We Need Less CO2 and Way Fewer Acronyms
“[The impacts of climate change] go far beyond the environmental. Their consequences reach to the very heart of security agendas.”
Margaret Beckett, former British Foreign Secretary.
The T&E, IMO and other NGOs tell the UN to reduce CO2.
O.k. Clearly the shipping industry produces far too much of two things: Acronyms and CO2. We can do something about the greenhouse gases, but I fear we’re stuck in an ARE (Acronym Rich Environment).
The CO2 and the climate change its driving are going to be addressed at the United Nations Climate Change Conference in Paris, also known at COP21 (sigh…).
Not to diminish the recent terror attacks in Paris, but in one sense they couldn’t have been better timed, since climate change is intimately linked with terrorism. As Prince Charles recently stated, the drought that helped to kick-start the Syrian civil war can be blamed to a large degree on climate change.
The desperation and extremism that boiled over in Paris have their roots in the very climate crisis the Paris conference is meant to combat.
Speaking about the link between climate change and security with his characteristic gift for reserved understatement, political scientist and historian Gwynne Dyer said recently. “We’re not doomed, we’re just in big trouble.” The man has a way with words.
“Climate-change scenarios are already playing a large and increasing role in the military planning process,” he writes in his book Climate Wars: The Fight for Survival as the World Overheats. “Professional officers are trained to think in terms of emergent threats and climate change is the biggest threat you’re likely to find.”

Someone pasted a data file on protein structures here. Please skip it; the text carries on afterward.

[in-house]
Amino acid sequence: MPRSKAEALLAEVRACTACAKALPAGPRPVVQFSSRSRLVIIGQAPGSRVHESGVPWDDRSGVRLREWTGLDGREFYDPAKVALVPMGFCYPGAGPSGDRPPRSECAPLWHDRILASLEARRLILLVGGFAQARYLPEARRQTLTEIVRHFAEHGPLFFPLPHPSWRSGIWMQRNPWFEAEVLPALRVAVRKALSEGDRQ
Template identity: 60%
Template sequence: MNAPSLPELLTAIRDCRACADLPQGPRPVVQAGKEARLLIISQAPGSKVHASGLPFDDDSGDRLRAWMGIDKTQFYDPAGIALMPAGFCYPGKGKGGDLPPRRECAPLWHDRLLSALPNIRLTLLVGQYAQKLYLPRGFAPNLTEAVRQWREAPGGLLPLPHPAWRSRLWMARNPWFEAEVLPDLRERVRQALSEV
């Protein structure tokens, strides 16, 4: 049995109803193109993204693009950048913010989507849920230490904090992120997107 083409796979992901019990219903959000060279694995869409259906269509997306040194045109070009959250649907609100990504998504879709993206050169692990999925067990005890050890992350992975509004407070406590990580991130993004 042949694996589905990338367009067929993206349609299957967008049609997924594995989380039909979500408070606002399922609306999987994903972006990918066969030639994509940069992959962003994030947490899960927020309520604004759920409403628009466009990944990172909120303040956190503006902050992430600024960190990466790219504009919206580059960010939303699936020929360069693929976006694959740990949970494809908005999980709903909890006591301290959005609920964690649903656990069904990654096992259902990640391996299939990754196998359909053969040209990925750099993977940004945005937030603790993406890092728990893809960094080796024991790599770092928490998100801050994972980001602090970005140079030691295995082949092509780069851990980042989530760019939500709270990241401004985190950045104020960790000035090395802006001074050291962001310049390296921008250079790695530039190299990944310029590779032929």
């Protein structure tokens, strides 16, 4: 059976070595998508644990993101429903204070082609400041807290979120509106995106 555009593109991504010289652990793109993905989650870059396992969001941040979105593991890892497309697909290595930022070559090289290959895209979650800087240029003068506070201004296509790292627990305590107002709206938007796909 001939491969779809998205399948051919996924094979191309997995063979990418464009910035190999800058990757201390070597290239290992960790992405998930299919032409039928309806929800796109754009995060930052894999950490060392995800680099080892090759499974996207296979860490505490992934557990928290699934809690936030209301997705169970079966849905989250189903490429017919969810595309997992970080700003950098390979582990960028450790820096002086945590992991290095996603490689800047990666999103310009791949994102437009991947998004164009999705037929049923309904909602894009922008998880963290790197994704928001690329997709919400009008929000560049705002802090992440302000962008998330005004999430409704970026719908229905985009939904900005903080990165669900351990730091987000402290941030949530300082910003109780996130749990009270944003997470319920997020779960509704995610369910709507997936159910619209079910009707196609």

Now, I know it’s not as simple as More CO2=More Bang-Bangs, but the fact of the matter is, if you want to combat the root causes of extremism and terror, combating climate change is an awfully good place to start.
France held a national moment of silence today to honor the victims of the attacks two weeks ago. We could all probably use a moment of reflection on climate change as well.
As sure as you’re born, if we don’t want that tragedy to be repeated and repeated and repeated, COP21 will have to do a lot better than COP18, 19 and 20.
In terms of the shipping industry, many in our business are behind the demand by the UN and the IMO that, as one of the biggest polluters in the world, we need to get serious about reducing our climate impact, but many are saying it is demanding too much.
If we want to help stop terror attacks, we need to reduce our climate footprint. If we want to stop having to pull refugees out of the water, we need to understand our role in this crisis. If we want to have a livable world that allows economies to flourish and peace to expand, we need to do our part to deal with the climate crisis.
It’s a big part, but we have to do it.